Friday, August 15, 2008

Ex parte Whelen, interpreting KSR v. Teleflex

The patenthawk blog has a post about Ex Parte Whelen, in which the BPAI stated:

The U.S. Supreme Court recently held that rigid and mandatory
application of the “teaching-suggestion-motivation,” or TSM, test is
incompatible with its precedents. KSR Int’l Co. v. Teleflex Inc., 127 S.Ct.
1727, 1741 (2007). The Court did not, however, discard the TSM test
completely; it noted that its precedents show that an invention “composed of
several elements is not proved obvious merely by demonstrating that each of
its elements was, independently, known in the prior art.” Id.

The Court held that the TSM test must be applied flexibly, and take
into account a number of factors “in order to determine whether there was an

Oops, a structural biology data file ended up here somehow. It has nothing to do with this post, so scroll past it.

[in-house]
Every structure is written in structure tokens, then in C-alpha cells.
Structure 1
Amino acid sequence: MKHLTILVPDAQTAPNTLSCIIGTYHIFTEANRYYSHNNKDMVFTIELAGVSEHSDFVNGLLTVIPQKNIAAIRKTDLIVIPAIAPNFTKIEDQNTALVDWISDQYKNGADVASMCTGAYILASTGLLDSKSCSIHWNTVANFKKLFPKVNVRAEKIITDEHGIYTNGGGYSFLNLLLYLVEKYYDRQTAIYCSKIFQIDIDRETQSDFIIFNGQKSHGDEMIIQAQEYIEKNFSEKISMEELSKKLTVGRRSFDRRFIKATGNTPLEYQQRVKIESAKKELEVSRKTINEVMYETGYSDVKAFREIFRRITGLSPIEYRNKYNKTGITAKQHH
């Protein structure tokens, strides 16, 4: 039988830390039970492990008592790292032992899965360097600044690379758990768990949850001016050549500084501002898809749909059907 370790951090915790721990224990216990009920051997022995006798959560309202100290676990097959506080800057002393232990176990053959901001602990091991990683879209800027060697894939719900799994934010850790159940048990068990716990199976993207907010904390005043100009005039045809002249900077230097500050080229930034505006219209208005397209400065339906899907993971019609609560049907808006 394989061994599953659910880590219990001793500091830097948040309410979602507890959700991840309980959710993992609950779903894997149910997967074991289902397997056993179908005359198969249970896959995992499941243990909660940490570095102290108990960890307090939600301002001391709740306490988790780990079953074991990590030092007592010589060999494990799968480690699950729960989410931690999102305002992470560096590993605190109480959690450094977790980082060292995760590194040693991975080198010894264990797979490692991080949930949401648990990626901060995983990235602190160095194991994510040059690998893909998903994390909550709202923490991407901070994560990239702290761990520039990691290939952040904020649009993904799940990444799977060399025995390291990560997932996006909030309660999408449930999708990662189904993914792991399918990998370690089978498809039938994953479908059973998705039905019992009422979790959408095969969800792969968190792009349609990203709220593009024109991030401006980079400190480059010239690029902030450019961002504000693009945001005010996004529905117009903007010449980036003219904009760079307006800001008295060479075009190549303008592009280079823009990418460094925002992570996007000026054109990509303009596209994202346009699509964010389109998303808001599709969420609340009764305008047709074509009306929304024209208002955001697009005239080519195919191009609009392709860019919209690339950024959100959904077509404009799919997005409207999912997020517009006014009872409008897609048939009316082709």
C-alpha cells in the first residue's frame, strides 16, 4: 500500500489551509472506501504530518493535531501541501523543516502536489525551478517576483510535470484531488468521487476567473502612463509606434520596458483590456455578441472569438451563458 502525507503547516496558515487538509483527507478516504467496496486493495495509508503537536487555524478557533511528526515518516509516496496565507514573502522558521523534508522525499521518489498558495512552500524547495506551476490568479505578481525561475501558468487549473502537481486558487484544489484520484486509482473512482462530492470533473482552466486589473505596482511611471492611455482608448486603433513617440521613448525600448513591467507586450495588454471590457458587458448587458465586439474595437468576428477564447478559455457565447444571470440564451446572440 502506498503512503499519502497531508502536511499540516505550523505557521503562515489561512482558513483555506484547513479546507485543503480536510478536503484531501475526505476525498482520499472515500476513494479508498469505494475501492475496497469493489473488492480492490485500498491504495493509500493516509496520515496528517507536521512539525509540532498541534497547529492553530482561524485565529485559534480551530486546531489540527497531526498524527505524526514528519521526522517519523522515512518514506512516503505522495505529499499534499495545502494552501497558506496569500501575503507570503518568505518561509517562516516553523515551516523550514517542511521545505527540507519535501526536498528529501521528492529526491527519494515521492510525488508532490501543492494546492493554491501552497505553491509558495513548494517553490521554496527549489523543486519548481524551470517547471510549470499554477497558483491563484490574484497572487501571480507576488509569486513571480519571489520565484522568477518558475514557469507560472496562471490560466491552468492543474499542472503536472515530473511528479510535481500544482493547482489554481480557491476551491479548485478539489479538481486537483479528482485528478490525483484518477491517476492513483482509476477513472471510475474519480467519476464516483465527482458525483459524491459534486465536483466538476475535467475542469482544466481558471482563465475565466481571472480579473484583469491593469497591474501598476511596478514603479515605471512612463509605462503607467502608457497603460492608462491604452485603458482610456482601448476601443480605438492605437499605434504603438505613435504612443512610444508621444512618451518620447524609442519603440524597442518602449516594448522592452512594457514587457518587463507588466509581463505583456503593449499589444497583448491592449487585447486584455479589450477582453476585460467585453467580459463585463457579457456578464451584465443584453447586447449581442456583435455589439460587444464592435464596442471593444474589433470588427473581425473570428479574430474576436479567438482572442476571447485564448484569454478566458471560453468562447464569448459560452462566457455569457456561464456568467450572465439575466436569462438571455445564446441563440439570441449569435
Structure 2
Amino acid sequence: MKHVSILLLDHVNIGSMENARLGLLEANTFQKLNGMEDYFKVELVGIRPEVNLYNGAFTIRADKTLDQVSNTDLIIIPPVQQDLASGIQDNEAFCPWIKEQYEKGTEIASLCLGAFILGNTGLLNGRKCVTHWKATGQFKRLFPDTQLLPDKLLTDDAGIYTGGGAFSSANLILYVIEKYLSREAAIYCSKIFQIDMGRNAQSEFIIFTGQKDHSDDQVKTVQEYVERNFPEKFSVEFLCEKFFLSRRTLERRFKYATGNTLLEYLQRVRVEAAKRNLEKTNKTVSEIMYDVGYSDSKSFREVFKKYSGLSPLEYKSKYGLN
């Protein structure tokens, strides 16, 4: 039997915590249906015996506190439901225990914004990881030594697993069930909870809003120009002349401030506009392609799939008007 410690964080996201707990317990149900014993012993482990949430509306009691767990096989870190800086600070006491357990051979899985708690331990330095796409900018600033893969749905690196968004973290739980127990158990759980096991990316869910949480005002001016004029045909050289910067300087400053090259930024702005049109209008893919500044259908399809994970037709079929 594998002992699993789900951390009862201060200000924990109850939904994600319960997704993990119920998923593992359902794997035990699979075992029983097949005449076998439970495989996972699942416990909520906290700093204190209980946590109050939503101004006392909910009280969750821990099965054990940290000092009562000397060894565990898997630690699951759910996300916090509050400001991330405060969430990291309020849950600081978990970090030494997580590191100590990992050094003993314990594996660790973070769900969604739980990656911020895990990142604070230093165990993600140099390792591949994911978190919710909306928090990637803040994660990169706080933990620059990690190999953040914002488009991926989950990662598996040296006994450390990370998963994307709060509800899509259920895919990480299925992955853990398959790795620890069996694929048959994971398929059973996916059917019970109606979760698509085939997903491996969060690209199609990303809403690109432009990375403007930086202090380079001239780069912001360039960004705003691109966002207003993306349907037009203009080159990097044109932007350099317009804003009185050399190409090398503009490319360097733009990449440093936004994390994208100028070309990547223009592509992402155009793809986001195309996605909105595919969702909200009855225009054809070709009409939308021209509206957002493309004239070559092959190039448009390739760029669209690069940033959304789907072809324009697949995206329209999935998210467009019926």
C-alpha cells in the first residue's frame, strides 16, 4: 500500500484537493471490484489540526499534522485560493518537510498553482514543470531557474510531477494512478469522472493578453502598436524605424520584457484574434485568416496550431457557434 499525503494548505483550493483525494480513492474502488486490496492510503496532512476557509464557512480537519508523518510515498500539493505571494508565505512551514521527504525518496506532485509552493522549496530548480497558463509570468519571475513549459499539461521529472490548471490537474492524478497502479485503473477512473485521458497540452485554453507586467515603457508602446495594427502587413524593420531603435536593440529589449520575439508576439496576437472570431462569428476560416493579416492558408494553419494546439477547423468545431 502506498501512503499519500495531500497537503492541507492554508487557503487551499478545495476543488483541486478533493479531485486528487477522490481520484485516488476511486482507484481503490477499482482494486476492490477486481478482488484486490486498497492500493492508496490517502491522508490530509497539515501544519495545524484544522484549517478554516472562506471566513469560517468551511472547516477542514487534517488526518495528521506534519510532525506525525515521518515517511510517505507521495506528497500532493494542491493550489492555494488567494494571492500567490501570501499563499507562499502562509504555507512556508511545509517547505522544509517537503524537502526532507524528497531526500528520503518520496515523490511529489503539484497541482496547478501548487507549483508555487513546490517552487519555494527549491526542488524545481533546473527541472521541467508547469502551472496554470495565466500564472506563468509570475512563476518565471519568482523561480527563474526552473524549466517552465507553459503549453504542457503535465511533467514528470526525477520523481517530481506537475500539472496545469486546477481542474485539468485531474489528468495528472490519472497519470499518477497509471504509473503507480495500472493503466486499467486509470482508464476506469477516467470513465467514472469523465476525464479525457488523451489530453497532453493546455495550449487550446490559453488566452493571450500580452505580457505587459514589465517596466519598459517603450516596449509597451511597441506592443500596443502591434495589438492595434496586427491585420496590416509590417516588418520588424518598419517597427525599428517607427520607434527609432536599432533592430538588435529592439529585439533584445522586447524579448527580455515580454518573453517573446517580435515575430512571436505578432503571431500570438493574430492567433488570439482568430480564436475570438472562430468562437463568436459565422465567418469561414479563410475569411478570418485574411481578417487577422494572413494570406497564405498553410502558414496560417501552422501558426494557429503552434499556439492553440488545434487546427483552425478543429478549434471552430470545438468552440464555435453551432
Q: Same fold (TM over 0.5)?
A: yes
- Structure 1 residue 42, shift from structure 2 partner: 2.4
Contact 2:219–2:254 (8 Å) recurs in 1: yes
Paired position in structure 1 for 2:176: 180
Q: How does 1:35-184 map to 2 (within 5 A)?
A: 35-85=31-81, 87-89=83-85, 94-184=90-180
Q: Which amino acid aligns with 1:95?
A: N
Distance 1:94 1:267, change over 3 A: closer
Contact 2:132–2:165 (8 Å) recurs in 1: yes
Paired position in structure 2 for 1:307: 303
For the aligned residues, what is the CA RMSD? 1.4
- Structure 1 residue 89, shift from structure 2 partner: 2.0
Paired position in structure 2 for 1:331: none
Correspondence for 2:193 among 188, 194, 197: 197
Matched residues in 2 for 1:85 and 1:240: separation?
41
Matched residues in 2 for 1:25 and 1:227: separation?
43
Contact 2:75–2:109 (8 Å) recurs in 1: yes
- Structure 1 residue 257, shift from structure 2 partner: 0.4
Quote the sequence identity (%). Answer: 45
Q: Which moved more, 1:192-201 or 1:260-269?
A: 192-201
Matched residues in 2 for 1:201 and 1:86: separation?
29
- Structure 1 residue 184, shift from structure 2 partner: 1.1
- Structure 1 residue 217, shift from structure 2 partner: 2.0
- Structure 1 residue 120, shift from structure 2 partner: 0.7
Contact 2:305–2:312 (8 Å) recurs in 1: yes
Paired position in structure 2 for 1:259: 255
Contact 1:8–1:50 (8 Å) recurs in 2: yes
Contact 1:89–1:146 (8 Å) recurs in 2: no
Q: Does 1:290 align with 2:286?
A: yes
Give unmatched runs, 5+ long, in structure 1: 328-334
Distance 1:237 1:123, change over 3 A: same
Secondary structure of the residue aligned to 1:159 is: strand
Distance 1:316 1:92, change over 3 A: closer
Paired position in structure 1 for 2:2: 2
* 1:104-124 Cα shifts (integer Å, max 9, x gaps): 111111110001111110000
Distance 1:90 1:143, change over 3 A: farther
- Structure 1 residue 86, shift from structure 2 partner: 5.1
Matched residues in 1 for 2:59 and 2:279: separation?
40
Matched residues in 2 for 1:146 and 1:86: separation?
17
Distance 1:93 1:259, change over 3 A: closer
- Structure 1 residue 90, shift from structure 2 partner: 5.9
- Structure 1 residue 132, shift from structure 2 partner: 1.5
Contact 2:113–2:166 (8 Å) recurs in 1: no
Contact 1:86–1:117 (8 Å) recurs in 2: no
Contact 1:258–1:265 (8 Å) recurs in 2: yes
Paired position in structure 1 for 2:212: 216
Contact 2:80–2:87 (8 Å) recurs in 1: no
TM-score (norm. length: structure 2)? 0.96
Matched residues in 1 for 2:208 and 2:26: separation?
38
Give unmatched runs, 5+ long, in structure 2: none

apparent reason to combine the known elements in the fashion claimed.” Id.
at 1740-41. Despite this flexibility, however, the Court stated that “it can be
important to identify a reason that would have prompted a person of
ordinary skill in the relevant field to combine the [prior art] elements in the way
the claimed new invention does.” Id. “To facilitate review, this
analysis should be made explicit.” Id.

There was a comment on the blog which stated: "No-one ever said TSM was dead".

A comment by LBE included:

My reference to the words of Michael Barclay was merely to give one example to negate the statement "No-one ever said TSM was dead".

Further discussion is on the IPBiz post titled
The TSM test after KSR v. Teleflex, dated May 5, 2007.

See also

***Separately, on Patently-O, concerning a subpoena of Eric Albritton to Google

***Separately, note a free webinar on KSR.


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